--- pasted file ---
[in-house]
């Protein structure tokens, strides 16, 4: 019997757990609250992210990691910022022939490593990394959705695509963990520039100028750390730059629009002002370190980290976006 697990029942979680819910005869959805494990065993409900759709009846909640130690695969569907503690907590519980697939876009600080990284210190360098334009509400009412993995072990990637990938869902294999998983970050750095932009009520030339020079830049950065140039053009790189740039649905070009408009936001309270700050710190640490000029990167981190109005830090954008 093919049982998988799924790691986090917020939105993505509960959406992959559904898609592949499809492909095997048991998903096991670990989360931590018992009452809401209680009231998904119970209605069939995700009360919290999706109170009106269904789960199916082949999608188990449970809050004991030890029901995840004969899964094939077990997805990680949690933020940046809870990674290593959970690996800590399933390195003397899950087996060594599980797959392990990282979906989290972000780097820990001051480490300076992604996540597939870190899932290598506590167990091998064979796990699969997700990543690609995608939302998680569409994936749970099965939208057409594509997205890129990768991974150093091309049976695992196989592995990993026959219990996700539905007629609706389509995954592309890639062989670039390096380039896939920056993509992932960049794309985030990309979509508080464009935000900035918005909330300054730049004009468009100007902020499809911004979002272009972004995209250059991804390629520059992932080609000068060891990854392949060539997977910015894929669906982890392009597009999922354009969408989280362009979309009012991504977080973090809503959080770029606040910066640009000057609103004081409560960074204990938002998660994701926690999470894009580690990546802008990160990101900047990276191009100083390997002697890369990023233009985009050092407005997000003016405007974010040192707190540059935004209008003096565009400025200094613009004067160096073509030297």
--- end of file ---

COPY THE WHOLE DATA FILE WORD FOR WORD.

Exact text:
[in-house]
């Protein structure tokens, strides 16, 4: 019997757990609250992210990691910022022939490593990394959705695509963990520039100028750390730059629009002002370190980290976006 697990029942979680819910005869959805494990065993409900759709009846909640130690695969569907503690907590519980697939876009600080990284210190360098334009509400009412993995072990990637990938869902294999998983970050750095932009009520030339020079830049950065140039053009790189740039649905070009408009936001309270700050710190640490000029990167981190109005830090954008 093919049982998988799924790691986090917020939105993505509960959406992959559904898609592949499809492909095997048991998903096991670990989360931590018992009452809401209680009231998904119970209605069939995700009360919290999706109170009106269904789960199916082949999608188990449970809050004991030890029901995840004969899964094939077990997805990680949690933020940046809870990674290593959970690996800590399933390195003397899950087996060594599980797959392990990282979906989290972000780097820990001051480490300076992604996540597939870190899932290598506590167990091998064979796990699969997700990543690609995608939302998680569409994936749970099965939208057409594509997205890129990768991974150093091309049976695992196989592995990993026959219990996700539905007629609706389509995954592309890639062989670039390096380039896939920056993509992932960049794309985030990309979509508080464009935000900035918005909330300054730049004009468009100007902020499809911004979002272009972004995209250059991804390629520059992932080609000068060891990854392949060539997977910015894929669906982890392009597009999922354009969408989280362009979309009012991504977080973090809503959080770029606040910066640009000057609103004081409560960074204990938002998660994701926690999470894009580690990546802008990160990101900047990276191009100083390997002697890369990023233009985009050092407005997000003016405007974010040192707190540059935004209008003096565009400025200094613009004067160096073509030297």